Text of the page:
By 1980 it had become apparent that with the general decline in purchasing power, the £1 unit of currency was more appropriate to a coin than a banknote. After consultation with many groups including retailers and special interest groups, the Government announced on 31 July 1981 that a new £1 coin that was to be issued on 21 April 1983. Since its launch the £1 has always represented the United Kingdom and its constituent parts; England, Wales, Scotland and Northern Ireland.
The £1 coin in base metal, nickel-brass was introduced in 1983, as a replacement for the £1 banknote. The reverse design of the first £1 coin showed a detailed and intricate depiction of the Royal Coat of Arms. Designed by Eric Sewell, Chief Engraver at The Royal Mint, it has become one of the most famous images on British coinage. The coin’s edge inscription is in Latin "DECUS ET TUTAMEN" which may be translated as an "ornament to safeguard".
The coin is made of Nickel-Brass , with composition of 70% copper, 5.5% nickel and 24.5% zinc.
Royal Arms representing the United Kingdom. In its standard variant used outside of Scotland, the shield is quartered, depicting in the first and fourth quarters the three passant guardant lions of England; in the second, the rampant lion and double tressure flory-counterflory of Scotland; and in the third, a harp for Ireland. The crest is a statant guardant lion wearing the St Edward's Crown, himself on another representation of that crown. The dexter supporter is a likewise crowned English lion; the sinister, a Scottish unicorn. In the ground below, a thistle, Tudor rose and shamrock are depicted, representing Scotland, England and Ireland respectively. The motto of English monarchs, "Dieu et mon Droit" (God and my Right), which has descended to the present royal family is in a ribbon below, while a Garter circlet which surrounds the shield is inscribed with the Order of the Garter's motto, "Honi soit qui mal y pense" (Shame on he who thinks evil).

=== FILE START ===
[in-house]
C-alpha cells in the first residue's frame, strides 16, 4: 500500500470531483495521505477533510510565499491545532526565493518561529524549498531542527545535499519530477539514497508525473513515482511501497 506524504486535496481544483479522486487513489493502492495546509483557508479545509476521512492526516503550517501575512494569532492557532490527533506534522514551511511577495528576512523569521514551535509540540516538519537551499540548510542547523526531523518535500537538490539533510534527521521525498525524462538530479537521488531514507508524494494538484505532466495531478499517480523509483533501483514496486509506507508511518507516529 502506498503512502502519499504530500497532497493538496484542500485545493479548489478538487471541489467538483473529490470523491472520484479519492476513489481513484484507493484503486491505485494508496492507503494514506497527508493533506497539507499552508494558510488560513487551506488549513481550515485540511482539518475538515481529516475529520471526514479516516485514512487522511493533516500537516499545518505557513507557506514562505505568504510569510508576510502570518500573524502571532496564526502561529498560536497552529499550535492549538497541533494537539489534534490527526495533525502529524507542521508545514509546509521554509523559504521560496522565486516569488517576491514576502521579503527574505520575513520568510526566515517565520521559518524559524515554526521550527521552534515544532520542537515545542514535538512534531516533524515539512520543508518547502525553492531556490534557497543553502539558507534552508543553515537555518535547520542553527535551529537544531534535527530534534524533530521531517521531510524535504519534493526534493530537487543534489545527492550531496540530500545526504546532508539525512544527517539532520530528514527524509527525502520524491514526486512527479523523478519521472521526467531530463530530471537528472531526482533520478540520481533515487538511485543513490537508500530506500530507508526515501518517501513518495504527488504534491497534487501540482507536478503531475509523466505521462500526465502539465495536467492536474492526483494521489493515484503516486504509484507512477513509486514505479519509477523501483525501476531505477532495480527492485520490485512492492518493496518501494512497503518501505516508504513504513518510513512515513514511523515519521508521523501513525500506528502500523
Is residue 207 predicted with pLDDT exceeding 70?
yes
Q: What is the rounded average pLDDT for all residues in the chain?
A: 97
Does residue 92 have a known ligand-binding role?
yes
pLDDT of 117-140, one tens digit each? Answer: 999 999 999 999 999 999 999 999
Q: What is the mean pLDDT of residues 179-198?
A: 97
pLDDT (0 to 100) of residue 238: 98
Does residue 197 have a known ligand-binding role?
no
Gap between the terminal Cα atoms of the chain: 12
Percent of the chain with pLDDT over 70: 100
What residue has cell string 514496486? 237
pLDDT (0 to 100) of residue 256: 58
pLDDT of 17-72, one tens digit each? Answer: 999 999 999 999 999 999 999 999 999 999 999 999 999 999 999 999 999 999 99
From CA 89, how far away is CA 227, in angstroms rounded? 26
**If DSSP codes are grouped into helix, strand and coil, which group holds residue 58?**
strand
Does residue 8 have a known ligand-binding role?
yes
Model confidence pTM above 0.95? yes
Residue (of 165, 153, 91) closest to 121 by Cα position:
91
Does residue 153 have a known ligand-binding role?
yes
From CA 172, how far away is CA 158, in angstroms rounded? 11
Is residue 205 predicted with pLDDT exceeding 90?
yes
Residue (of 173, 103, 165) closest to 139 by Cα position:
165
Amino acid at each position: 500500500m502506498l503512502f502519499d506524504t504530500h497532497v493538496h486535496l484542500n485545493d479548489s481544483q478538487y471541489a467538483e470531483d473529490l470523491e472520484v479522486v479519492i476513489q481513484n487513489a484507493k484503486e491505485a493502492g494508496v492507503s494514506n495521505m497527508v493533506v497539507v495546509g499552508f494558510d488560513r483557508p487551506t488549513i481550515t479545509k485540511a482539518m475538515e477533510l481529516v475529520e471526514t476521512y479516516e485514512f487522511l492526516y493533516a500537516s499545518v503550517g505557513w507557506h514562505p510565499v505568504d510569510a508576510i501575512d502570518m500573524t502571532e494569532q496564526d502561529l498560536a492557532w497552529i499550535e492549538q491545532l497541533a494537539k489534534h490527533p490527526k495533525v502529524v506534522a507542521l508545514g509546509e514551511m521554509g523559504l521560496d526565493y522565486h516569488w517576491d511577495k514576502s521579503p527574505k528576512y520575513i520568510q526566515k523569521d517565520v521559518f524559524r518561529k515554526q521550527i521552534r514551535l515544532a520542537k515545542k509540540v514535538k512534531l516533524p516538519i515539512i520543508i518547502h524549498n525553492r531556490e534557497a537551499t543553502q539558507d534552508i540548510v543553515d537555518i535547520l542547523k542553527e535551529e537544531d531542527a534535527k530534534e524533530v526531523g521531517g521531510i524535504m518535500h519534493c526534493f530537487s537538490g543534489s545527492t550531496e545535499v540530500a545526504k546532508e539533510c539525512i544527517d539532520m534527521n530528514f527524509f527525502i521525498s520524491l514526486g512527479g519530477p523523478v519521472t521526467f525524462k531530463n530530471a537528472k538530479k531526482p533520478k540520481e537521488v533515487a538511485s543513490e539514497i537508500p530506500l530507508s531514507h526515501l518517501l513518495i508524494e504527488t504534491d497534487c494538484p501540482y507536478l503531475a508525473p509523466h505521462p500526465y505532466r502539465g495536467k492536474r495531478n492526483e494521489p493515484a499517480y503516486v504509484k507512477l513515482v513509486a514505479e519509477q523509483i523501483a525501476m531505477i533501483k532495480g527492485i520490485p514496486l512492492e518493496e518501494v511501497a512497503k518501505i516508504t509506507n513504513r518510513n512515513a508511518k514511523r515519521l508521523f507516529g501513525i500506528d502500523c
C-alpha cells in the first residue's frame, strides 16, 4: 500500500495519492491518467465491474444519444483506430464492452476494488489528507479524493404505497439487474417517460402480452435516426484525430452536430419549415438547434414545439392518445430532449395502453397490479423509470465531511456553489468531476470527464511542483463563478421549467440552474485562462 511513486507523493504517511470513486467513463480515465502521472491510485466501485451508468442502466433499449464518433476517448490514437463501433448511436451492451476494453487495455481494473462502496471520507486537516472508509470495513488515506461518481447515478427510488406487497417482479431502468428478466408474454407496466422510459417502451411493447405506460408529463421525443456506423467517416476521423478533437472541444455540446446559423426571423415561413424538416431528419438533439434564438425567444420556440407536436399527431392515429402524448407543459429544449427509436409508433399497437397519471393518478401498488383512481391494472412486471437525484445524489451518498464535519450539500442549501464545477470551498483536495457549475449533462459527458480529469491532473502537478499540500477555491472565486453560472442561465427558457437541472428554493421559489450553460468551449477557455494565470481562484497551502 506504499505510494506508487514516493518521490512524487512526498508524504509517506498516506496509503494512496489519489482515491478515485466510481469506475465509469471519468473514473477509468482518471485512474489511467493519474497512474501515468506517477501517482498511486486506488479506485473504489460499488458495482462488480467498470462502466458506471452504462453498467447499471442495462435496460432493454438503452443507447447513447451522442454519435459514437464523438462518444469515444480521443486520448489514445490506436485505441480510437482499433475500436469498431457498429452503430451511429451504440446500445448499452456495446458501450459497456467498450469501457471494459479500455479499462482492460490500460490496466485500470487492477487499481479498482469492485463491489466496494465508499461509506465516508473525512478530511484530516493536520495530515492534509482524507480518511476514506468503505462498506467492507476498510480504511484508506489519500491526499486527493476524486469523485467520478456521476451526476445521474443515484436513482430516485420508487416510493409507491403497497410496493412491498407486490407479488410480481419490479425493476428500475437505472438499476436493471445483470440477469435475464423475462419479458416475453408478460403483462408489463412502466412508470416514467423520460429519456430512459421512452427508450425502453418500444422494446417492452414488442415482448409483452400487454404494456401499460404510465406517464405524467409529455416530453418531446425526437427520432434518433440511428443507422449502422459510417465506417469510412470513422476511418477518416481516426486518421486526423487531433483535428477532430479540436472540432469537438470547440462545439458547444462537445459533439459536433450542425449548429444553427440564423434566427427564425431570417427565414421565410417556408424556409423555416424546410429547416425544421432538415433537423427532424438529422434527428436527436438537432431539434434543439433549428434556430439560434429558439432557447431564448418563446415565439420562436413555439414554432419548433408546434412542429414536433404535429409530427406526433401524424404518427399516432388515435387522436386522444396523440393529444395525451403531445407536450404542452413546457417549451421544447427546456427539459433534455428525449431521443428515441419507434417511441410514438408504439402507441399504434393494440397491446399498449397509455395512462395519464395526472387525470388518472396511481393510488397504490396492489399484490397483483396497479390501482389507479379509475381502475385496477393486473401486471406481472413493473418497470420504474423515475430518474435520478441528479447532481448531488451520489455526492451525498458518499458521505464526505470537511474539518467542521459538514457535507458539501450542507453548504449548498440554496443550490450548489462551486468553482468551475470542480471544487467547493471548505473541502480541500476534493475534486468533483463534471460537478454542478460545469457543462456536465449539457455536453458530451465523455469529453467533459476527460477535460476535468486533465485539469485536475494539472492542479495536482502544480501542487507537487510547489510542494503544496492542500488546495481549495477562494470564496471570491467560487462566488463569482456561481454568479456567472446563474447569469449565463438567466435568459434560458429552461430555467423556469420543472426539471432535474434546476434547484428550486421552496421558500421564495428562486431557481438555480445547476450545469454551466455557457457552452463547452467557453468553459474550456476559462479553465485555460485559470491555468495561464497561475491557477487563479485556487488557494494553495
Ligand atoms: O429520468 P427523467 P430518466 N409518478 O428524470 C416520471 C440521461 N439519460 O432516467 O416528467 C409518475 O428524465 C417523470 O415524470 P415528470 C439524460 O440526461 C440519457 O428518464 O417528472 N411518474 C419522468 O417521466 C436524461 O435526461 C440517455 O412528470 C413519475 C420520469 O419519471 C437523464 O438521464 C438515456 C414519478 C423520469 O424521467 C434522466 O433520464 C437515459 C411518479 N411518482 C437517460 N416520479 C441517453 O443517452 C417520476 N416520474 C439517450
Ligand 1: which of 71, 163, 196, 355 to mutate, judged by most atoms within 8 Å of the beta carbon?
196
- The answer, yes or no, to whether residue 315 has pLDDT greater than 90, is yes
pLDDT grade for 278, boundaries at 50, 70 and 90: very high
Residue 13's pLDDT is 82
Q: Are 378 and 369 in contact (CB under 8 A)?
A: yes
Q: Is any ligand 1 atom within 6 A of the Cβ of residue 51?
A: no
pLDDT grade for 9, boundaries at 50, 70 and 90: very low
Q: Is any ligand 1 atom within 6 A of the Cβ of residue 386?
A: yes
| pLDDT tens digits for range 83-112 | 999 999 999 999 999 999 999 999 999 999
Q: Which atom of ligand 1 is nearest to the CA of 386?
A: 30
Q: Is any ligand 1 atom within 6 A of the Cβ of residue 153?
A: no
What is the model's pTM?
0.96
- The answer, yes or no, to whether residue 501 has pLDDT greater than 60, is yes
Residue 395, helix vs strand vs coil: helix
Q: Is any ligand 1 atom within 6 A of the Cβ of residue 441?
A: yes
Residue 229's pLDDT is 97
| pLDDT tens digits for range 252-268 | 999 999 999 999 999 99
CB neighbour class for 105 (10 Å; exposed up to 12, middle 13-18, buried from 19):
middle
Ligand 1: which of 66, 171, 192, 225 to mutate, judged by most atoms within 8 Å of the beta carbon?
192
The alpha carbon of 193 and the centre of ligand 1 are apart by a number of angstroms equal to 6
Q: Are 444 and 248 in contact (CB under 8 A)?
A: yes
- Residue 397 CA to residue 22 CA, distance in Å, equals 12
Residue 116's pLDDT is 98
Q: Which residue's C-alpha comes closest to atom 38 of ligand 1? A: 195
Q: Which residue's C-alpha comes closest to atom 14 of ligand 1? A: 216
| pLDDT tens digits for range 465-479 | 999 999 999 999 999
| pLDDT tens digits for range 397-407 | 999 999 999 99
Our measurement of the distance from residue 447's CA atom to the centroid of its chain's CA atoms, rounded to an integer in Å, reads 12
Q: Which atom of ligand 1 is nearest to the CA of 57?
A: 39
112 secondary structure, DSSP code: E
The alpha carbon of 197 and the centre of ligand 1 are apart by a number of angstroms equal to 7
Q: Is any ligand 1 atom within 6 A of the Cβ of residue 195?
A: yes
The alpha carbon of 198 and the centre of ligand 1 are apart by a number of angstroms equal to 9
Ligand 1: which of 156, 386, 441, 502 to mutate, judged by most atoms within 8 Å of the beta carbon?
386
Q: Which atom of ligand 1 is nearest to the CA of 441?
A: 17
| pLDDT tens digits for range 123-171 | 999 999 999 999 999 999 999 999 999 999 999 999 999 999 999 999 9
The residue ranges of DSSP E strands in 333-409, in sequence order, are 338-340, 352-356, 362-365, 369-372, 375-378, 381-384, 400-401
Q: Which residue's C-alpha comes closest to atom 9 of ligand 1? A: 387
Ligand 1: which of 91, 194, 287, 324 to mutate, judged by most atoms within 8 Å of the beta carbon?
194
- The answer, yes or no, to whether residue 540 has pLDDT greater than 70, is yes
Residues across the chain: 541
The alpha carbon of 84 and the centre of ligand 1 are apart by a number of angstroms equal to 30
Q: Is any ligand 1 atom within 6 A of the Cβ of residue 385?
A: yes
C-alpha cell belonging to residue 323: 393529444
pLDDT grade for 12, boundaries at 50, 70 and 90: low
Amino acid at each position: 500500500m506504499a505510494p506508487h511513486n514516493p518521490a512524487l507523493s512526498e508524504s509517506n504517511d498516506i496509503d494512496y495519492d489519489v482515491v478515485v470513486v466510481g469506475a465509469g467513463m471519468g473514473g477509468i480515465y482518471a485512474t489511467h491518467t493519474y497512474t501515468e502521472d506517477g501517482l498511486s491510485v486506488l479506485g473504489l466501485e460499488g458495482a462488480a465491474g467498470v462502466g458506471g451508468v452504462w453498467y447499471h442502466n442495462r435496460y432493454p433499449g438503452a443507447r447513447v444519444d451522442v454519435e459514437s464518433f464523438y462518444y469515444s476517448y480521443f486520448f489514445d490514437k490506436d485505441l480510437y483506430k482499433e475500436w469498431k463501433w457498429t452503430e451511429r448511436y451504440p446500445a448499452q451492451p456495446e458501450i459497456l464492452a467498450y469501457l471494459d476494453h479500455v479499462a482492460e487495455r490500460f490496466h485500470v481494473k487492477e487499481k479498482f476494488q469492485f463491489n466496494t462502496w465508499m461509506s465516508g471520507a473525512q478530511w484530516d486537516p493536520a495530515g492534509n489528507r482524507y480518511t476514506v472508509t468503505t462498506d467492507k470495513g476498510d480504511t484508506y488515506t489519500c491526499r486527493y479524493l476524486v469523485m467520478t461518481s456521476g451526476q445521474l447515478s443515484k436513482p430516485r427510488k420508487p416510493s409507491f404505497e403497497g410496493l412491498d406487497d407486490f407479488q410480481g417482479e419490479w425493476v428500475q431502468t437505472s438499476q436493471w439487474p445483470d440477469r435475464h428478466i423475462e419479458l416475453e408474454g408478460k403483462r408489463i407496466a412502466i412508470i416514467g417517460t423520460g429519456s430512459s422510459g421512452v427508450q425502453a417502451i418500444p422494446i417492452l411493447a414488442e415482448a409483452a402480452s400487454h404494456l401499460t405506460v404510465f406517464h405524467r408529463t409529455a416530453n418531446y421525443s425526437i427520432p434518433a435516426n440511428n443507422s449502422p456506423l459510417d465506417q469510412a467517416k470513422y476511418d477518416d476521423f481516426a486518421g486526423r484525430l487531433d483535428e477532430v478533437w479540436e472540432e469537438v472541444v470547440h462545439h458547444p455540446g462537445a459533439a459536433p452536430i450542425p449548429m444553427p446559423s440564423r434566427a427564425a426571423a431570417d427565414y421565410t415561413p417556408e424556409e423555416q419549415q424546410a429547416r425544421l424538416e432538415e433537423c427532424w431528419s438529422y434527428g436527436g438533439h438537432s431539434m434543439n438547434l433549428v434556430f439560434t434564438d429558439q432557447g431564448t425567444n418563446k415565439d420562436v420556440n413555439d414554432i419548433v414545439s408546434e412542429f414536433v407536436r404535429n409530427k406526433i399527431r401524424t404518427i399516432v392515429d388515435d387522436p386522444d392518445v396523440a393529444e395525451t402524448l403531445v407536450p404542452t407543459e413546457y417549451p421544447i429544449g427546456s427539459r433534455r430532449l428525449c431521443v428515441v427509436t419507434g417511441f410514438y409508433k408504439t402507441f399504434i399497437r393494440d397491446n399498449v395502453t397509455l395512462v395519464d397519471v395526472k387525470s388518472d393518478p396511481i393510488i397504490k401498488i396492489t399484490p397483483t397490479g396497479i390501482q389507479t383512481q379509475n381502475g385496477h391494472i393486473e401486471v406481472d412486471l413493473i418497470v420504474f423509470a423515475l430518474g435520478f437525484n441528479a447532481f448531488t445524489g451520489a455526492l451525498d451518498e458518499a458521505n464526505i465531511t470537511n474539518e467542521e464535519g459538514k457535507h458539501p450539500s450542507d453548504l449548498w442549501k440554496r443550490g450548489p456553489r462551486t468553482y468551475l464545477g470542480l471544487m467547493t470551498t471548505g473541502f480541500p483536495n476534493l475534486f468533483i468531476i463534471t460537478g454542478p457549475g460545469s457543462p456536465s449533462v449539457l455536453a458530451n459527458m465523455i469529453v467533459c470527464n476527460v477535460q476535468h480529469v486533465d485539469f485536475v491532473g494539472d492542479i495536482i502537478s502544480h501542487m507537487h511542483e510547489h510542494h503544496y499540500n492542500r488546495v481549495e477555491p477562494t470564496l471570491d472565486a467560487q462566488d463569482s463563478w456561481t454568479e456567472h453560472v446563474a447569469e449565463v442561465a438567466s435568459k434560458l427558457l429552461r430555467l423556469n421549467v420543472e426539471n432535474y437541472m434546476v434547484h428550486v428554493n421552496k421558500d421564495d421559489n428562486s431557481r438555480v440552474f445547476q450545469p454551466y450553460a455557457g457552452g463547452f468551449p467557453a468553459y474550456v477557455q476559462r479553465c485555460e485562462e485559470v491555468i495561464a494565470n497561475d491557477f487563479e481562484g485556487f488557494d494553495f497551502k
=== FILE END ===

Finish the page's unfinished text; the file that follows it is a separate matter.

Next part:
Around below is the denomination, ONE POUND.